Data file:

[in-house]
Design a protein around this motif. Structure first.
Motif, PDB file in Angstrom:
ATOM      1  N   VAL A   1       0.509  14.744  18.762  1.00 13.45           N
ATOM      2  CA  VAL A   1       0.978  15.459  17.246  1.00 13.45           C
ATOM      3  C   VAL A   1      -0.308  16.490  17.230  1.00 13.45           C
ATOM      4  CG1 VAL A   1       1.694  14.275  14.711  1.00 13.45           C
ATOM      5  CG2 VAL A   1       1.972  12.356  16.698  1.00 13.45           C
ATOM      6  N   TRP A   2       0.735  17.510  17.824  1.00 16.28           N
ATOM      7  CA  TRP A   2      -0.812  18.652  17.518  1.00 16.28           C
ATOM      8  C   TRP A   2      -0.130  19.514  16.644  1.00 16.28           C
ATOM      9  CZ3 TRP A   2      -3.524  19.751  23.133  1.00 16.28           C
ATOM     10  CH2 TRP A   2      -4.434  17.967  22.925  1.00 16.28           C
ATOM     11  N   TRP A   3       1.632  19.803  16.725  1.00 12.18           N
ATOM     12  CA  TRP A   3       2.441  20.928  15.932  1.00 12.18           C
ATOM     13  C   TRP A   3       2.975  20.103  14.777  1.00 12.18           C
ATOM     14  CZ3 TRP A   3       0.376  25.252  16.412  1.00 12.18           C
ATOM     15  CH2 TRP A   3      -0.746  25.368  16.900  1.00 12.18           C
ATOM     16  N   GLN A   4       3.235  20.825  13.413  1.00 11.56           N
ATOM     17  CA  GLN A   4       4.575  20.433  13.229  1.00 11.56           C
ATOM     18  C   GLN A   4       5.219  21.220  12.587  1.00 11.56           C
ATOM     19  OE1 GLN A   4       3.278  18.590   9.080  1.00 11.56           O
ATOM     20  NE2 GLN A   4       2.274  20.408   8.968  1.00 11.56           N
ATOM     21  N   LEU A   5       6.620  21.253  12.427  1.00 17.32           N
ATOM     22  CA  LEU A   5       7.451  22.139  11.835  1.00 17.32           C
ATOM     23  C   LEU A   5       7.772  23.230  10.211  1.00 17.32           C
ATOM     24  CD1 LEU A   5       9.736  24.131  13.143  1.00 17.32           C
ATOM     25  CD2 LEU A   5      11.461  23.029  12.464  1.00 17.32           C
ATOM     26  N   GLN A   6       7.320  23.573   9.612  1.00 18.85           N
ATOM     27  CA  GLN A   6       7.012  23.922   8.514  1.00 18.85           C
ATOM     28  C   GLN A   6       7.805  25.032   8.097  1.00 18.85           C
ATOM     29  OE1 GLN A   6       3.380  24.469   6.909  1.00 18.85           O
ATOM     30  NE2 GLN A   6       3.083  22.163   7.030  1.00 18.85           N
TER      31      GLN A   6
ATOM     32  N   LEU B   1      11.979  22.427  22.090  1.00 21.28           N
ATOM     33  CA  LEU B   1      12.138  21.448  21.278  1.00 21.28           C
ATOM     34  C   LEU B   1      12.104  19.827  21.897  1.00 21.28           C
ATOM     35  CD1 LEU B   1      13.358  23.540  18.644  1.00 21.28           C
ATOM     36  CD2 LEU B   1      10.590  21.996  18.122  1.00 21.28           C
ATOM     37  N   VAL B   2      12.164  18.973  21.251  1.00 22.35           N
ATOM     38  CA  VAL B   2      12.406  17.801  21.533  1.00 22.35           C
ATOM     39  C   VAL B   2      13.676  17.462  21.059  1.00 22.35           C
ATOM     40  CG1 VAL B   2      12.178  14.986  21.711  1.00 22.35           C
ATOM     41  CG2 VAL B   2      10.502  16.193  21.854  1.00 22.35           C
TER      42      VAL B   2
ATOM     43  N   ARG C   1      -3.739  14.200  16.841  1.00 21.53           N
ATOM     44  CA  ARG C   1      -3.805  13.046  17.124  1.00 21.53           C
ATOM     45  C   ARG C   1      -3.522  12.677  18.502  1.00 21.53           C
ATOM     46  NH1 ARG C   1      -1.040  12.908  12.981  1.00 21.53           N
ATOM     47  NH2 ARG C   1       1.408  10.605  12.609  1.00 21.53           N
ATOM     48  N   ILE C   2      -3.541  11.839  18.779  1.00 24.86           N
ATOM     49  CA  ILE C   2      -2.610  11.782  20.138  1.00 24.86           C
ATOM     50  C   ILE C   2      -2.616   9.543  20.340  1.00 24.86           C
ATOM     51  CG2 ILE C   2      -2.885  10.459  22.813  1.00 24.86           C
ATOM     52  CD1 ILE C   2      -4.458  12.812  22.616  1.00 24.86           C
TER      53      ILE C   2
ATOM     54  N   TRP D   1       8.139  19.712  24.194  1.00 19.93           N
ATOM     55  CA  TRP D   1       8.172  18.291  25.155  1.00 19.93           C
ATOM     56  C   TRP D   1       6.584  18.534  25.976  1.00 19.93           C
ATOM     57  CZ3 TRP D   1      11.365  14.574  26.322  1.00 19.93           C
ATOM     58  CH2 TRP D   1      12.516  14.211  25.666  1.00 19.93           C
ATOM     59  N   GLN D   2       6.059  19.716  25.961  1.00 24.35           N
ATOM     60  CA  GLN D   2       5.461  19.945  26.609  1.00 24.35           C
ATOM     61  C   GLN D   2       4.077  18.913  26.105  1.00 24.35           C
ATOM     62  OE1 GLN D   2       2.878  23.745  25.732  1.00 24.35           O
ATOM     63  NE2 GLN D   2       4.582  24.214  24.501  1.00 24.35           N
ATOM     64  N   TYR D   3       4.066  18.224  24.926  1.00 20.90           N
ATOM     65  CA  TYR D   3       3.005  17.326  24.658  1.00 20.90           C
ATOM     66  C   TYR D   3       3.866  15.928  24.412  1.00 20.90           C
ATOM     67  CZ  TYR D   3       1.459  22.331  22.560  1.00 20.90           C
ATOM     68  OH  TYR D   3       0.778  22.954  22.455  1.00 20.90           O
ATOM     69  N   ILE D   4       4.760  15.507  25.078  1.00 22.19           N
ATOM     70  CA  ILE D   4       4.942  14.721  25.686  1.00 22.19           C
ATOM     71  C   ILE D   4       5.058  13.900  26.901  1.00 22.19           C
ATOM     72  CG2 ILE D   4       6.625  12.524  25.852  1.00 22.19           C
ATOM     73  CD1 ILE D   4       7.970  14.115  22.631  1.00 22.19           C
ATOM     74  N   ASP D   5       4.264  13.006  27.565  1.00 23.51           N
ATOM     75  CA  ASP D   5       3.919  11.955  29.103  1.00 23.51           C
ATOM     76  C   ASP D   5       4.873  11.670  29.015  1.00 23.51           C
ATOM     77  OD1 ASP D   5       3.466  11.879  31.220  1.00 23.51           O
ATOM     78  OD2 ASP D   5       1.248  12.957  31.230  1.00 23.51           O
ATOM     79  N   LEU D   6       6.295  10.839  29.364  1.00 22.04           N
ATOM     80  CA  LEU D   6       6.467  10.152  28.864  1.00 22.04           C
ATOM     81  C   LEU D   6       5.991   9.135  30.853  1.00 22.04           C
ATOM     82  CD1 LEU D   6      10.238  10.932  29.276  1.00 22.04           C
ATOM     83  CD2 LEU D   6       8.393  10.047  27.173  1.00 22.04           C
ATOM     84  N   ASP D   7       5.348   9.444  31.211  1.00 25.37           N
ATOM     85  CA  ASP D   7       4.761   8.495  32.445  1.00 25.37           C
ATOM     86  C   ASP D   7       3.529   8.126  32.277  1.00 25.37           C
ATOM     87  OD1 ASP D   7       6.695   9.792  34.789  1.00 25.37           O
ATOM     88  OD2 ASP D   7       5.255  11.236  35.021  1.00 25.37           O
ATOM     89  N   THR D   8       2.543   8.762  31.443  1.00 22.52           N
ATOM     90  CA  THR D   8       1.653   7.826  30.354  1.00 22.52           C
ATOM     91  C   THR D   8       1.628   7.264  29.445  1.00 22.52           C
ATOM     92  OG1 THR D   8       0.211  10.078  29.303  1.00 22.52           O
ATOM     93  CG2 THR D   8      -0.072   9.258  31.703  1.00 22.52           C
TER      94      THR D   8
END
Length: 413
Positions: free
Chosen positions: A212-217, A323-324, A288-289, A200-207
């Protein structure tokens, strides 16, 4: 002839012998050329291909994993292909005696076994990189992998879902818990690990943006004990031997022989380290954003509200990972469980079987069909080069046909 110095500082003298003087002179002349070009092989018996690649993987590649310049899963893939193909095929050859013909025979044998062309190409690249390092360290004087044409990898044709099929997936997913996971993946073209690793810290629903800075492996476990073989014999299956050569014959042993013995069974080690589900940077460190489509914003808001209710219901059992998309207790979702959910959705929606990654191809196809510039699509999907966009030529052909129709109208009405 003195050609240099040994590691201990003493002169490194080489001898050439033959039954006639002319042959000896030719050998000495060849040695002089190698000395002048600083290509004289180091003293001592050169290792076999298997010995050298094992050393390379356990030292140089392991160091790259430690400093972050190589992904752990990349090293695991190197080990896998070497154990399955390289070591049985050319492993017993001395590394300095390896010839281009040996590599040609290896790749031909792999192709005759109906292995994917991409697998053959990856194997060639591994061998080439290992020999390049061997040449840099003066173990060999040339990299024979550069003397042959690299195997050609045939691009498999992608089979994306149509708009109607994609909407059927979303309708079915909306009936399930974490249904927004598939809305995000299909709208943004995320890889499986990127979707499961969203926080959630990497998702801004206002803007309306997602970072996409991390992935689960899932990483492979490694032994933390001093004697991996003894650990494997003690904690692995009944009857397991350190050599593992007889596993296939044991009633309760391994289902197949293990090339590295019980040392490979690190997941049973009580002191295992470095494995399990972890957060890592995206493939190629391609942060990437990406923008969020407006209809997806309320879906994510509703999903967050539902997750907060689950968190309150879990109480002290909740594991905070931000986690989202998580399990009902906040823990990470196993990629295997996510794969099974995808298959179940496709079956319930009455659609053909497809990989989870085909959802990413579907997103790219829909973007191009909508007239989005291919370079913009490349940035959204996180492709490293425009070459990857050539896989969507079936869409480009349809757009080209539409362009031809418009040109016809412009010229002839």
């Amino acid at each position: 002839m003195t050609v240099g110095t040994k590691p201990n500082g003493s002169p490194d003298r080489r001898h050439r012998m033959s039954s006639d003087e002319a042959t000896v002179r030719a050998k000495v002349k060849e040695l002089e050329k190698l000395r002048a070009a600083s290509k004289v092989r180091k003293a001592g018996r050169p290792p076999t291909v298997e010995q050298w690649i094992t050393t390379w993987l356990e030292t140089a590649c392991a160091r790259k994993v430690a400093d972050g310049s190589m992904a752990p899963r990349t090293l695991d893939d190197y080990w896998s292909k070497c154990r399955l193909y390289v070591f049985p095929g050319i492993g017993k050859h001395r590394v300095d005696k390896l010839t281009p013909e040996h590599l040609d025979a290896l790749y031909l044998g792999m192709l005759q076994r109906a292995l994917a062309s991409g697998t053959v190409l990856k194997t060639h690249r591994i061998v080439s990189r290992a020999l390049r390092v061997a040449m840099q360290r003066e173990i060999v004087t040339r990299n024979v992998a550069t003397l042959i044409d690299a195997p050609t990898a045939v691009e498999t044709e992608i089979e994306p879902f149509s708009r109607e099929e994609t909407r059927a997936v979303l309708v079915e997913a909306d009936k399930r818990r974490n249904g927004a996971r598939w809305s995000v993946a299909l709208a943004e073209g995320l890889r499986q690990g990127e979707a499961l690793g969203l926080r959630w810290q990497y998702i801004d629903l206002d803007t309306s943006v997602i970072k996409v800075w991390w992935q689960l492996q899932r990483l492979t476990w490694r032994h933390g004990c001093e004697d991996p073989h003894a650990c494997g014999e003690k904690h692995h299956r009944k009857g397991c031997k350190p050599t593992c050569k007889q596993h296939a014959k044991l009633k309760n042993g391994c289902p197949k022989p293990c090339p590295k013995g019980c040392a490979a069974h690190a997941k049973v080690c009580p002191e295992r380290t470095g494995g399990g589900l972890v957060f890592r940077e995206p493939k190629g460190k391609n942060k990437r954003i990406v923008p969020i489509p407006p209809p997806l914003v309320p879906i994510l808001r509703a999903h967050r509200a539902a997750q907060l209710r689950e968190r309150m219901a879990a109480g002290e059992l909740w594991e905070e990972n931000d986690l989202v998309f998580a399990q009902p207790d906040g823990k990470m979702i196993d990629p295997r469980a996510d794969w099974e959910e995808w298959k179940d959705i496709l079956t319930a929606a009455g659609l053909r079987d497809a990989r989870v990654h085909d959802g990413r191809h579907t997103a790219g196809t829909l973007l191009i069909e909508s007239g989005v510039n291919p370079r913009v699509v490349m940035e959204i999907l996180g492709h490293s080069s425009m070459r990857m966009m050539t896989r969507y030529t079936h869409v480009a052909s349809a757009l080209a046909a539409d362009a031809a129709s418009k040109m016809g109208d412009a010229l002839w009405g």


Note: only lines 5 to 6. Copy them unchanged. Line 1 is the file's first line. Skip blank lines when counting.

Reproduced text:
ATOM      2  CA  VAL A   1       0.978  15.459  17.246  1.00 13.45           C
ATOM      3  C   VAL A   1      -0.308  16.490  17.230  1.00 13.45           C